BUT WILL IT LAST?
According to the CNBC All-America Economic Survey, for the first time in at least 11 years, more than half of all survey respondents rated the economy as Good or Excellent. Forty-one percent believe the economy will improve in 2018, and forty-two percent approve of President Trump’s job performance. This poll was conducted by a Democratic firm and pollster, Hart Research – so this is not a firm with an agenda to make the economy and the president look “good”.
What is also interesting is that this poll was conducted December 10-13, during the tug-of-war debate about tax reform; so there is a certain amount of “uncertainty” that may have suppressed these numbers. It is also worth noting that there has been a significant “talk” on the business-news channels that there are going to be two or three Fed rate-hikes in 2018. This, one would think, should provide reason to be doubtful about the prospects of a strong economy. However, the respondents to this poll by a Democratic pollster have feelings that are contrary to that presumption. Why is that? What does it mean? (If anything.)
Our economy is good, or bad, because we believe it is. So, what are some things that would contribute to our believing the economy is good/going to improve if:
- There are multiple negative-news headlines,
- Alleged lack of certainty in our economic prospects,
- There aren’t enough positive-news headlines reported by the “Main Stream Media” (if you believe Fox News.)
Well, I submit to you that perhaps, people are making more money, becoming more gainfully employed, and more people are making more money. According to the Bureau of Labor Statistics, civilian worker compensation was up 2.5%, year over year, in the third quarter of 2017. In the nonfarm business sector Output was up 4.1%, and hourly compensation was up 2.7%, in the third quarter of 2017. Nonfarm payroll employment was up 228,000 in November 2017. The unemployment rate has been trending downward and is at the lowest rate in 17 years – even in the wake of several hurricanes. This has probably contributed to the fact that the Average FICO score is up to 700 from a recent low of 688 in 2005. As consumers earn more money they pay more bills in a timely manner.
This economic data can be viewed against positive birth-rate trends. The age range that has the largest number of home buyers is 30 to 34 years old. If we look at the birth rates from 30 years ago we can see that the trend increased for several years. From 3.82 million in 1987 to 3.91 million, to 4.02 million, to 4.17 million before starting a downward trend. This would indicate that there will be an increasing number of home-buyers in that demographic for several more years before leveling off and then declining.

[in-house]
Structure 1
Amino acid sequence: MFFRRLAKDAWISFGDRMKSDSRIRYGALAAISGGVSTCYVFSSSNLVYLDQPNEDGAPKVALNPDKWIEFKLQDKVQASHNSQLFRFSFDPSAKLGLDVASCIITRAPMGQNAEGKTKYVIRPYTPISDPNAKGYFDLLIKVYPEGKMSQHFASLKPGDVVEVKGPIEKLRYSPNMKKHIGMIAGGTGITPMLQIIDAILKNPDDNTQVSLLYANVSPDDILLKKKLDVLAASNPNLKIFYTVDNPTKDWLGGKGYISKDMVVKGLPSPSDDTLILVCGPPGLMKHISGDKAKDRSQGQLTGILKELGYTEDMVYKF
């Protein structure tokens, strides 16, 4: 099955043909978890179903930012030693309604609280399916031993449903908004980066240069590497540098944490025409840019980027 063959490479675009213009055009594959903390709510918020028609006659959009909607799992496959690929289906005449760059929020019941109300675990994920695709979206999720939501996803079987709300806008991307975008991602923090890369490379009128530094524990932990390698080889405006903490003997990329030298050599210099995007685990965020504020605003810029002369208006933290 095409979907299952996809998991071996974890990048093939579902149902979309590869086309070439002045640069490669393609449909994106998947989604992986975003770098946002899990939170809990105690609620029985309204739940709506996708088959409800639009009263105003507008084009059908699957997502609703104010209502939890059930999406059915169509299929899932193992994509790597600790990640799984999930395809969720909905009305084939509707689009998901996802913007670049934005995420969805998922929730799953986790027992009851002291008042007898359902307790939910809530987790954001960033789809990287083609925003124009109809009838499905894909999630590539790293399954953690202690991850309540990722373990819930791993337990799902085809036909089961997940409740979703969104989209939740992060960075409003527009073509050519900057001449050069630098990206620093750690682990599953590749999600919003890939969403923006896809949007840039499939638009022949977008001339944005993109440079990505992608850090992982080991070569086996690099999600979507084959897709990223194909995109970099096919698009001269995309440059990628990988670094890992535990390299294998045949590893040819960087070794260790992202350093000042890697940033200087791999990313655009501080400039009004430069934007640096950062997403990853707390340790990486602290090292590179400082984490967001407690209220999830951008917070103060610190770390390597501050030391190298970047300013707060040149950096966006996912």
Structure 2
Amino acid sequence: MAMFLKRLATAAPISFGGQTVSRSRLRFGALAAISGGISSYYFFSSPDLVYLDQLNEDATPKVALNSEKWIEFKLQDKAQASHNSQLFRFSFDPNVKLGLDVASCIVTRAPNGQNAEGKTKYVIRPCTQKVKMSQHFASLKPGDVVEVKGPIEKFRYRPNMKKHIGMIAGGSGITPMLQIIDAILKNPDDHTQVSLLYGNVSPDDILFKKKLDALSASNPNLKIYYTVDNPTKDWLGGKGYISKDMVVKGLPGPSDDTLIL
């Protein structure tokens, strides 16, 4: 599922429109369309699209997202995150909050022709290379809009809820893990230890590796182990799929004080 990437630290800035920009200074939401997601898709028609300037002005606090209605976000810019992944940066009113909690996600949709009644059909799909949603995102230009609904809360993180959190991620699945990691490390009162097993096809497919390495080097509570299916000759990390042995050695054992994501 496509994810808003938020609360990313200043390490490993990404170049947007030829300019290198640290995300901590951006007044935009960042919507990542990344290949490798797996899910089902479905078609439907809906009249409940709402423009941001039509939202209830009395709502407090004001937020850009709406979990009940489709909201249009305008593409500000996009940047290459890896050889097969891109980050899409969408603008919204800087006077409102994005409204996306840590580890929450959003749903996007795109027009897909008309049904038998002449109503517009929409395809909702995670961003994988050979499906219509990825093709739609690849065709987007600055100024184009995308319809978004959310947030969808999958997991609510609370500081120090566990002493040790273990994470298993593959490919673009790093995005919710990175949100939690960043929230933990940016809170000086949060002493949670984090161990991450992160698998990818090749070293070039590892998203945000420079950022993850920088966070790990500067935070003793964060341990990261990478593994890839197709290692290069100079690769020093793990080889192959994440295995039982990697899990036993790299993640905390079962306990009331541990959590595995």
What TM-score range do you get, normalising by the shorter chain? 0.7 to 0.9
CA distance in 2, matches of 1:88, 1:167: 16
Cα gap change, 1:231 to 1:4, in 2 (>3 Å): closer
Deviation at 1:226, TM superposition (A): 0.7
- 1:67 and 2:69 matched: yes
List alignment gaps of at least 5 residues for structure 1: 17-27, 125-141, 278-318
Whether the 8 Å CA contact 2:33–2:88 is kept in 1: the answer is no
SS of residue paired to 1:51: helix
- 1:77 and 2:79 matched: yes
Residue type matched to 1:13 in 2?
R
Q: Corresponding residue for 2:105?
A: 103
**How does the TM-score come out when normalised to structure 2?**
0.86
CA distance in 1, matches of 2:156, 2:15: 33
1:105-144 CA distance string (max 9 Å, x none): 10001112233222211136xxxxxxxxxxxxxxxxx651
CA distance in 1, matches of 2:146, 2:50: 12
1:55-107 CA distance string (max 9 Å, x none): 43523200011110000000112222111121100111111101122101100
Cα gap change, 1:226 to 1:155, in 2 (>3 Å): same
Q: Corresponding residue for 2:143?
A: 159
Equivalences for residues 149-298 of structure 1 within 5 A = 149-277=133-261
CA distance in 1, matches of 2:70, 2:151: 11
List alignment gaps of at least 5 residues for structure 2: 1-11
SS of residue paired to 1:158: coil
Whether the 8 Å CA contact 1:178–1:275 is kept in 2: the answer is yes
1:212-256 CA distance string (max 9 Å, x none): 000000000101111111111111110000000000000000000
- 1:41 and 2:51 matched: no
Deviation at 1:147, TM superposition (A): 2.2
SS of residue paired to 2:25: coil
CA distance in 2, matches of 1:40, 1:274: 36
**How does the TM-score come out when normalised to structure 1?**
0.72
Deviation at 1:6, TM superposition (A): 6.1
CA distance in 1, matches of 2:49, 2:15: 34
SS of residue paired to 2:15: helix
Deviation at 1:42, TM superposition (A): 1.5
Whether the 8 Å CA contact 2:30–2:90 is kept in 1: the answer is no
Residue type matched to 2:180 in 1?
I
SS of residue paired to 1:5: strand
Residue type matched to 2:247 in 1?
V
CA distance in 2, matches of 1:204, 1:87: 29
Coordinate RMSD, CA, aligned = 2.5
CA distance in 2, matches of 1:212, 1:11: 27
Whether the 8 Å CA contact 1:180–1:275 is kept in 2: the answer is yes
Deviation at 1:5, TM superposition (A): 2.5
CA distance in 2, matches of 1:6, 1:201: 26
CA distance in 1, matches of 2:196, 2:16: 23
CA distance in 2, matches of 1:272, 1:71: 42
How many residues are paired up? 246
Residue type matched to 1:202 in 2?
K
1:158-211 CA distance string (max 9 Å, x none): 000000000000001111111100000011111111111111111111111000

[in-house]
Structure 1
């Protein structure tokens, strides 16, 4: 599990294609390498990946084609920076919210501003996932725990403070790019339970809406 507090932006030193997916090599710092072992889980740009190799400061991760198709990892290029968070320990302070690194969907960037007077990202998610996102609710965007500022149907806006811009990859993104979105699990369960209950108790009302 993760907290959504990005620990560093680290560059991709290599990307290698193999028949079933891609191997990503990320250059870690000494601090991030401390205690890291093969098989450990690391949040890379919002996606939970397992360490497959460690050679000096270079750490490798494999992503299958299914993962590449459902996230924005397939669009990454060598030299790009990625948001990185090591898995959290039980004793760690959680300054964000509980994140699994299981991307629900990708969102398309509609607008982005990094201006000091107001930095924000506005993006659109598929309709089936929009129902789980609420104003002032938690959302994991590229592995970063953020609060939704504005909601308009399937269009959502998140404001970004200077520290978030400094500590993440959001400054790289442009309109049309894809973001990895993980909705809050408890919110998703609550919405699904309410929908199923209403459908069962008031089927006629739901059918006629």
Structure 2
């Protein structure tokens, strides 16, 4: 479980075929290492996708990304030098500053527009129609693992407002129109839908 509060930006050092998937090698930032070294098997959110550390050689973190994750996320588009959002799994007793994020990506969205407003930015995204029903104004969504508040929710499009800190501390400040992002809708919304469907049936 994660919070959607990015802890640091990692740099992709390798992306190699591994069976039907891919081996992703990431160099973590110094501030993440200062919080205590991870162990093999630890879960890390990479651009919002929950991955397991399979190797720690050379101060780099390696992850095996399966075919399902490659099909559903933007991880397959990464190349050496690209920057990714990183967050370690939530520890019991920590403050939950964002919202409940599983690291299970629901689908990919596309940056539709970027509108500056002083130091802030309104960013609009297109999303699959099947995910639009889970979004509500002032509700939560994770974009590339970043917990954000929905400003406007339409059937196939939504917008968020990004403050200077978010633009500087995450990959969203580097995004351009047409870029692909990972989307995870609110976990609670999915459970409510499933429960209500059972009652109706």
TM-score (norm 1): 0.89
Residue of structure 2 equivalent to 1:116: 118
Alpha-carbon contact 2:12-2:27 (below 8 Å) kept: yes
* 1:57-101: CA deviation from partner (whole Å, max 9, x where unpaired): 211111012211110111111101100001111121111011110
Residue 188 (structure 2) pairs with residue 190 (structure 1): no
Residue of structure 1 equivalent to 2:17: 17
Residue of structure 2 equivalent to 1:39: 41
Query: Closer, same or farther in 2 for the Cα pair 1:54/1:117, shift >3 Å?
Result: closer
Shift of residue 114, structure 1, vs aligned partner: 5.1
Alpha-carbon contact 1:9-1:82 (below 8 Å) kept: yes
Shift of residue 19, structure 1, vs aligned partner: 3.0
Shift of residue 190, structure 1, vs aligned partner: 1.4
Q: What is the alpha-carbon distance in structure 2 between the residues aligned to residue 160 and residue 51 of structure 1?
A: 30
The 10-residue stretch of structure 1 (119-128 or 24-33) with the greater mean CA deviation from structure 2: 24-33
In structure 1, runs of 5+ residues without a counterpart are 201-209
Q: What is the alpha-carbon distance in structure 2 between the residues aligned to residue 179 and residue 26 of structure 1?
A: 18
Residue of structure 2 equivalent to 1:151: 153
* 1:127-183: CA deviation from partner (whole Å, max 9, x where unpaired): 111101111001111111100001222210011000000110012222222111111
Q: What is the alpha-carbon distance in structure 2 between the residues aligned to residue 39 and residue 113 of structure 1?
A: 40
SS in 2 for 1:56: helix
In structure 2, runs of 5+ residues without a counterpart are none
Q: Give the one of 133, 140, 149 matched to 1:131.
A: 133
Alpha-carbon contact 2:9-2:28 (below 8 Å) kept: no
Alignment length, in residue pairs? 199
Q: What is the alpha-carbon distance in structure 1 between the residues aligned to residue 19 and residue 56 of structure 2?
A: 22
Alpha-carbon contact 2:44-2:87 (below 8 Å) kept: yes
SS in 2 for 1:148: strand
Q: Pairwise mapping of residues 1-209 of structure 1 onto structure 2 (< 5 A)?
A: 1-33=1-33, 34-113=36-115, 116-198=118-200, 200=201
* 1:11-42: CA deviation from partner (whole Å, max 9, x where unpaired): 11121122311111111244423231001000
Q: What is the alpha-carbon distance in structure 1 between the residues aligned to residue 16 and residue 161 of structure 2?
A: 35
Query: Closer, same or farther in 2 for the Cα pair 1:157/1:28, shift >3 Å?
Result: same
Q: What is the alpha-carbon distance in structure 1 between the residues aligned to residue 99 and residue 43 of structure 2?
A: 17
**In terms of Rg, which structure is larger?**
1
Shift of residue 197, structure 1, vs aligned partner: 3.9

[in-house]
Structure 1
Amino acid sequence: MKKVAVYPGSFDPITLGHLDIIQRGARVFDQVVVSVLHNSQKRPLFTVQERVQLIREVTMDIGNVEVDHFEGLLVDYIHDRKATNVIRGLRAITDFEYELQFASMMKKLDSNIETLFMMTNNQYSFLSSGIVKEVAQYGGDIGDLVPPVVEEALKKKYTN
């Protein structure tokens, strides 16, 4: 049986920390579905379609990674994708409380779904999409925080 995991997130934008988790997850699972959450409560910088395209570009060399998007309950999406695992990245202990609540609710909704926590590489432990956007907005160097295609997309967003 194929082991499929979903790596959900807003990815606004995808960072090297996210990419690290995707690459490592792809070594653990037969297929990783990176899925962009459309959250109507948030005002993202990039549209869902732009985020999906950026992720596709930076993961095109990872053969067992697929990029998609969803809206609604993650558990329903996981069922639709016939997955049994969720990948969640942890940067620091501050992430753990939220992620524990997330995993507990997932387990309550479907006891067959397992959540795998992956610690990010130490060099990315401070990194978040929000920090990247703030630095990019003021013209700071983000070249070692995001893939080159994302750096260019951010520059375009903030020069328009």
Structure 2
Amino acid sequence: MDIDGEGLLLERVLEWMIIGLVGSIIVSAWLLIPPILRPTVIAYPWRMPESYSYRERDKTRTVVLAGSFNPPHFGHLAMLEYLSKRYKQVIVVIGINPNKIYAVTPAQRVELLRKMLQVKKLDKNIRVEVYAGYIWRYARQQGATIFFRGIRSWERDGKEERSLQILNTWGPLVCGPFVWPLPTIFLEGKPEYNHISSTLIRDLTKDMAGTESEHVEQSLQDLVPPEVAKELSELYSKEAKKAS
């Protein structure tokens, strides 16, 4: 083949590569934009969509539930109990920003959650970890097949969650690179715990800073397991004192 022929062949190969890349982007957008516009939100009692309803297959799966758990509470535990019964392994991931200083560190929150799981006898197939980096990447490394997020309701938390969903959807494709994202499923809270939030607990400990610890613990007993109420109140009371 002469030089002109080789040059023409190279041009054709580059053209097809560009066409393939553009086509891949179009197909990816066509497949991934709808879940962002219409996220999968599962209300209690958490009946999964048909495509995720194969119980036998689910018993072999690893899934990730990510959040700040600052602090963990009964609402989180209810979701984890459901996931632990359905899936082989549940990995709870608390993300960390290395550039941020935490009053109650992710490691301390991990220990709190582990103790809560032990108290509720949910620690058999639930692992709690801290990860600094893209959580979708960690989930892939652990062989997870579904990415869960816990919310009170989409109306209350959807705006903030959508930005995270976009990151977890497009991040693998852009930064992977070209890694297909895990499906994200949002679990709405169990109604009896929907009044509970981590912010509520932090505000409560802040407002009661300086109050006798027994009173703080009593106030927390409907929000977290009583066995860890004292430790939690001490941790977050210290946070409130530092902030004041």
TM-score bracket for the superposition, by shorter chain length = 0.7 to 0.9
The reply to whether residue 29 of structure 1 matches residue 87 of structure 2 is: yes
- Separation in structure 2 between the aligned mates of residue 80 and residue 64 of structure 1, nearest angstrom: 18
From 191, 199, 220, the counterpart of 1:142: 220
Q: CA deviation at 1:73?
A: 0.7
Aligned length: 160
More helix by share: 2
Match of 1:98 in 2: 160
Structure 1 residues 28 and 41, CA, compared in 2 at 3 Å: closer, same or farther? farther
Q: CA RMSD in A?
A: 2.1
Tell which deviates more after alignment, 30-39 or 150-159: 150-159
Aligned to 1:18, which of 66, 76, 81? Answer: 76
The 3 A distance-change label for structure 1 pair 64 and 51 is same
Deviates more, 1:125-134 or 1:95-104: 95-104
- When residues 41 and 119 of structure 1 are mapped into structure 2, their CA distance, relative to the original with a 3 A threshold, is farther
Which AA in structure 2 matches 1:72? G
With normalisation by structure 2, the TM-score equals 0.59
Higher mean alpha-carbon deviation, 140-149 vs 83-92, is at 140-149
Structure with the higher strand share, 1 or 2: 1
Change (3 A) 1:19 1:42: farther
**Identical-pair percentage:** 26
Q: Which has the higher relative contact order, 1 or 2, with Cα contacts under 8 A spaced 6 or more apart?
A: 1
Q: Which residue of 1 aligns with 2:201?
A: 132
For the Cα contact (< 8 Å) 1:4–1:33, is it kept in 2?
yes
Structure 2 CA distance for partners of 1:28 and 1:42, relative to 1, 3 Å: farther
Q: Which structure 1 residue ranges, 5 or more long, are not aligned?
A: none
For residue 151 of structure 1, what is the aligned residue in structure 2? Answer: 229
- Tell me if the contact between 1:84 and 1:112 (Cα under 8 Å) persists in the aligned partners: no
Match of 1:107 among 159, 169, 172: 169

A statistic that could be viewed as a negative is the fact that housing inventory is very tight across the country. So in the absence of new construction (still at a 50 year low) we will continue to have a limited supply of product to sell.
So what does all of the above have to do with real estate and housing? It bodes well for the housing industry and positively for property values. In the coming years we are going to experience increasing demand, a sense of economic-optimism, increasing wages, an improved consumer-credit profile, and presumably higher employment. So to extrapolate; there will be more buyers, with a better credit profile, earning more money from more jobs, chasing a limited supply of product (housing inventory). Economics 101 taught me that a greater demand with a limited supply will drive prices up; and this is supported by empirical data. THAT is good news for consumers looking to buy, those looking to sell, and the REALTORS® that consumers will work with to receive maximum value from the largest financial transaction of their life.